Remember when "Mad Men's" last season premiered, all the way back in July 2010? I took New York Times critic Alessandra Stanley to task for featuring a key spoiler up high in her review, without so much as a warning.
This produced a mini-debate among laptop-stained wretches, with James Poniewozik of Time leaping to Stanley's defense, expressing confusion as to what qualified as a spoiler and objecting to the notion of writing with what amounts to one arm tied behind his back.
I can appreciate the second half of that, since tiptoeing around plot isn't fun, although it is possible to discuss such a familiar project in generalities. Moreover, the whole preview thing is a double-edged sword: Networks and producers certainly want the publicity, but as usual, they want it on their terms. ("Mad Men" creator Matthew Weiner, incidentally, expressed his irritation with Stanley at the time.)
Personally, my feeling on spoilers is pretty simple — and more about protecting journalists than TV shows: Why should critics risk alienating their best customers by potentially undercutting the viewing experience? Write whatever you want, but if you do plan to mention significant plot developments, then at least give readers the courtesy of a heads up, and keep them coming back. In this climate, who can afford to be cavalier about chasing away people who actually read reviews?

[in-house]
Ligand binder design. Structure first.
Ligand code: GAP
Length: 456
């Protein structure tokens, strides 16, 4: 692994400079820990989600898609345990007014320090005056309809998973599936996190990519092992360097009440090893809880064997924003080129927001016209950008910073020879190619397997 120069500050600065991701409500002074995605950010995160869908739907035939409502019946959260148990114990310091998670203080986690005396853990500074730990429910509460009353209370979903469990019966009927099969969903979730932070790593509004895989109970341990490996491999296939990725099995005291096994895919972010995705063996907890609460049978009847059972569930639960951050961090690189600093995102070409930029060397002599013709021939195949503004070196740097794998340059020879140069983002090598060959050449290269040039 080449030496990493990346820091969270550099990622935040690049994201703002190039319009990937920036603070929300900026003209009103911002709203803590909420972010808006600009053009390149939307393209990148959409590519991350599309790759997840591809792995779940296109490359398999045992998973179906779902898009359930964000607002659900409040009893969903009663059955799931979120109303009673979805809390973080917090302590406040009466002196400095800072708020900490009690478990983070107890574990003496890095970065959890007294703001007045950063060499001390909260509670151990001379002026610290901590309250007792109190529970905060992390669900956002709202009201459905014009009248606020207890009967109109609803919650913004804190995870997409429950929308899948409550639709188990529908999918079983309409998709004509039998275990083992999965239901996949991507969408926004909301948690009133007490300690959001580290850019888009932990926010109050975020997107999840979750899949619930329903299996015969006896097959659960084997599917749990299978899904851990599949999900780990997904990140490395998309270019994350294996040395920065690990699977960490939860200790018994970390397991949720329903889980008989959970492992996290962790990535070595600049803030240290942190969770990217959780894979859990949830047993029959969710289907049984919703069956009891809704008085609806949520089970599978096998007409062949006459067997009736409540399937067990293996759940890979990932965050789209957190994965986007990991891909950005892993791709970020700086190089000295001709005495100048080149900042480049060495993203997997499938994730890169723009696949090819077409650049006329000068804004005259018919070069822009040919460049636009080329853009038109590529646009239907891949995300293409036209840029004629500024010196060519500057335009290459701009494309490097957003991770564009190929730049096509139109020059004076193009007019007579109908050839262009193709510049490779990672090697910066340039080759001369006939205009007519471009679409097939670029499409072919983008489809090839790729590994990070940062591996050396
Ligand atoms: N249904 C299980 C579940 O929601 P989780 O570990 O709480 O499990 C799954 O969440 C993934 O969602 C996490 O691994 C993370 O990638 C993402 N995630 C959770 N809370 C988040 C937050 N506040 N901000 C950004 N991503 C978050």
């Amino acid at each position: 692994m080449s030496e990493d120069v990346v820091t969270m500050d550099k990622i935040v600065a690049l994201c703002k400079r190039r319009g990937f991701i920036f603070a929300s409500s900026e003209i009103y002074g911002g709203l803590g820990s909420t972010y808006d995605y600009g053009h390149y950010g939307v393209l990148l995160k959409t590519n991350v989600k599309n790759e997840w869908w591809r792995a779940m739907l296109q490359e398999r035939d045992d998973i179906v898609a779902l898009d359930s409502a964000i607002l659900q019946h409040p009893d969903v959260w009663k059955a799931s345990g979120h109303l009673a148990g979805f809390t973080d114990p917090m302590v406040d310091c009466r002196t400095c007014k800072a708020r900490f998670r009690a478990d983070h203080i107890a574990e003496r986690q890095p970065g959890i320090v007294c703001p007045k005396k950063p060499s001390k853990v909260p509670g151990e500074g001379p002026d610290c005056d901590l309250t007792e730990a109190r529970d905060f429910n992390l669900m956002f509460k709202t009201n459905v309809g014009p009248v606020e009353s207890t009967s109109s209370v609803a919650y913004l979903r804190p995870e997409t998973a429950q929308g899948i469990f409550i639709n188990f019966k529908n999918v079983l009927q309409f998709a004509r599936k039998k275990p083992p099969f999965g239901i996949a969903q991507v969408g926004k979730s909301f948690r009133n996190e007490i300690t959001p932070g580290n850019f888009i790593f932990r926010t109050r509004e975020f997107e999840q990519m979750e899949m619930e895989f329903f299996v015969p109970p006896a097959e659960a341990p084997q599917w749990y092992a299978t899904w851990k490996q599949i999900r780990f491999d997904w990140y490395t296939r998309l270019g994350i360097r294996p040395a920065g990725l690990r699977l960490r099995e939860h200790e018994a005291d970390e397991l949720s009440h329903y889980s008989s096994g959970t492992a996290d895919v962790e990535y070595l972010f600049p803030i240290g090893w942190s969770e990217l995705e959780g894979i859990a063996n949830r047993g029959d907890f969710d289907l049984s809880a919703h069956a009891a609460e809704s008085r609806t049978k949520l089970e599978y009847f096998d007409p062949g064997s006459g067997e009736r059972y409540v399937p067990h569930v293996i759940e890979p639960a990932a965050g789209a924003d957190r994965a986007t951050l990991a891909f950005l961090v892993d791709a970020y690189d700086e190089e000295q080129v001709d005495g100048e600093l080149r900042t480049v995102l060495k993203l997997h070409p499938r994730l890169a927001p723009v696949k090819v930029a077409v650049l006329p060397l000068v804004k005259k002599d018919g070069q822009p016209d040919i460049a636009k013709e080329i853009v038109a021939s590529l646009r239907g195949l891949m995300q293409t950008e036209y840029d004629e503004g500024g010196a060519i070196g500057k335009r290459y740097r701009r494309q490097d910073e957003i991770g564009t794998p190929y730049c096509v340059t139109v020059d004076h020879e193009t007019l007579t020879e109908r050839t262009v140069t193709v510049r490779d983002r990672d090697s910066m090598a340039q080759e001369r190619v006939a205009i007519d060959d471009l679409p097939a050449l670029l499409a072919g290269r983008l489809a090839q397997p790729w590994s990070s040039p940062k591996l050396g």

The irony is the Times can't cover "Mad Men" enough — witness Sunday's exhaustive profile of Weiner — because it's the kind of arty show the paper's editors, their friends, and presumably a few subscribers watch. That impression, anyway, explains why the show receives such a disproportionate level of attention.
At any rate, "Mad Men" returns March 25, and the two-hour premiere DVD came with a letter from Weiner. It says, in part:
I know you are aware how strongly I feel that the viewers are entitled to have the same experience you just had. My goal every season is first and foremost to entertain the audience, and I know that this is best accomplished when key storylines are not revealed in advance. I am asking you to please join with me to ensure this enjoyment by not revealing any of these answers or other issues. … I truly look forward to your spoiler-free thoughts and insights.
Call me wacky, but even from a notorious control freak, that doesn't sound like an unreasonable request.
Will critics adhere to it? All I can promise is that this one — who watched the DVD over the weekend — will. So look for a review — yes, spoiler-free — closer to the premiere date.